I think un-noticing may be a great sin in my own life.
I miss the blessing of moments. I wrap up whole days without observing the natural beauty of them. I busy and entertain myself right to bed and the next thing I know it’s Christmas already, New Year’s next, and what of all my summer plans?
But to others, to the downcast and persecuted and depressed, un-noticing may be the only strength they carry. Unseeing might be unfeeling for today, and that might be grace enough.
Truly, it’s a weary world.
I know there is suffering that is unspeakable and seemingly unbearable. I know that, indeed, God does give us more than we can handle, in order to show His perfect strength in our weakness. And we have shoulders that stoop and eyes that fall and some of us have burdens that push us in that spot between our shoulder blades, that spot where we are vulnerable and already hunched, and we trudge on, face down, feet dragging.
We are weary in this world, Lord.
I can’t even watch the news. I can’t sit in my recliner and listen to one-liners about wars on terror, wars on our streets, and dollars down the drain.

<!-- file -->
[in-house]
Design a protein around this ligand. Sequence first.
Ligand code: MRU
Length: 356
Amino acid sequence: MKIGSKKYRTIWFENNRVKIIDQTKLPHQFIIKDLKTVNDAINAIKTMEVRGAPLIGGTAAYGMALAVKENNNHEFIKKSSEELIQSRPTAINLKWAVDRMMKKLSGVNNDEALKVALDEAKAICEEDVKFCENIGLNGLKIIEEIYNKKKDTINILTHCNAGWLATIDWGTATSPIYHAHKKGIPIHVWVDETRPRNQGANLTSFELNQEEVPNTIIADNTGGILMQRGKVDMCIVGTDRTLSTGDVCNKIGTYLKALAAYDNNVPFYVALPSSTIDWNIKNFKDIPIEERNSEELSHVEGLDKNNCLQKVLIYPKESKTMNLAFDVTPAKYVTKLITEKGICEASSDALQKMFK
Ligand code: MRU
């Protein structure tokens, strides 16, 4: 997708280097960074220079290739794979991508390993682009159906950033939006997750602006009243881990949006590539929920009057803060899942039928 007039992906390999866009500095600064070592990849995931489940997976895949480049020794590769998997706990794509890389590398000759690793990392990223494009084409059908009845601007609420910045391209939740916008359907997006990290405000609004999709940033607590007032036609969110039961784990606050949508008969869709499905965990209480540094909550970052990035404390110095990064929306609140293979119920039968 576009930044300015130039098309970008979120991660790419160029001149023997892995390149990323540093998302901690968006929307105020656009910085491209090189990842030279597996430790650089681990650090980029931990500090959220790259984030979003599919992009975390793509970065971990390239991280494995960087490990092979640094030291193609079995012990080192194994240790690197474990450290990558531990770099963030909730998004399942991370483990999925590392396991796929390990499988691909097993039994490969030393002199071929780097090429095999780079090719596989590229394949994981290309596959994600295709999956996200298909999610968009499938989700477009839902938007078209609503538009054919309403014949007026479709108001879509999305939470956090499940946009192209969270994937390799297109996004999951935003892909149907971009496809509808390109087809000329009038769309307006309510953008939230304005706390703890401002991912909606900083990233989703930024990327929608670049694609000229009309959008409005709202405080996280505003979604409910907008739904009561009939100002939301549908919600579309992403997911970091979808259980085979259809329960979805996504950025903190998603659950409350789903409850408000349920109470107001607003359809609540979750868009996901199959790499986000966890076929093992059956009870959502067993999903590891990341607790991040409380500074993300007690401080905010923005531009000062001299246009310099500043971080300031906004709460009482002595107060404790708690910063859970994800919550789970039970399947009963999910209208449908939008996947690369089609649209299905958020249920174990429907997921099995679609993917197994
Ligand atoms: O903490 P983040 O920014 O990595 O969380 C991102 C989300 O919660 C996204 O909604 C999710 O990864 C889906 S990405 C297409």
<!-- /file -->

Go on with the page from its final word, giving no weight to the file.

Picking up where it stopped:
I am sickened and cynical, then. I am the scrooge who was meant to carry hope, but I am weary of this world, Jesus.
It’s hard to account for frivolous thank-yous offered, for things like a good cup of coffee, jeans that fit well, parking spots up front and a sale on our favorite ice cream. It’s hard to swallow gratitude so shallow.
But maybe it’s not shallow.
If everything good and perfect comes from a God who fathers the Light, who never shifts sides or changes positions, who is constant and unflinching and Good, who am I to belittle small gratitudes? Who am I to scoff at trifles appreciated?
This weary world needs to notice. This tired place and its history, repeated, needs a thrill of hope again.
I want to give big-thanks for every little thing, because none of it is. When the woman finds the lost coin and the widow gives her last one, both are cause to rejoice. Both are strength for a weary world.
When life is grand it’s easy to give thanks.
When sorrow is great I hope I’ll find a sunset, a song, a child’s small voice. I want to notice the change in the wind and the direction my hair blows when I’m walking off my cares. I want to be the person who is thankful for a stranger’s smile, for the driver who paused to make room for my car, for the neighbor who has the cup of sugar I need.
More importantly, I want to be the cause of the smallest thanks-givings in someone else’s day.
All of it becomes a monument of thanksgiving prayers and none of those stones are wasted when we notice, when we see the smallest of blessings in the shadow of the biggest sorrows or the light of our happiest days.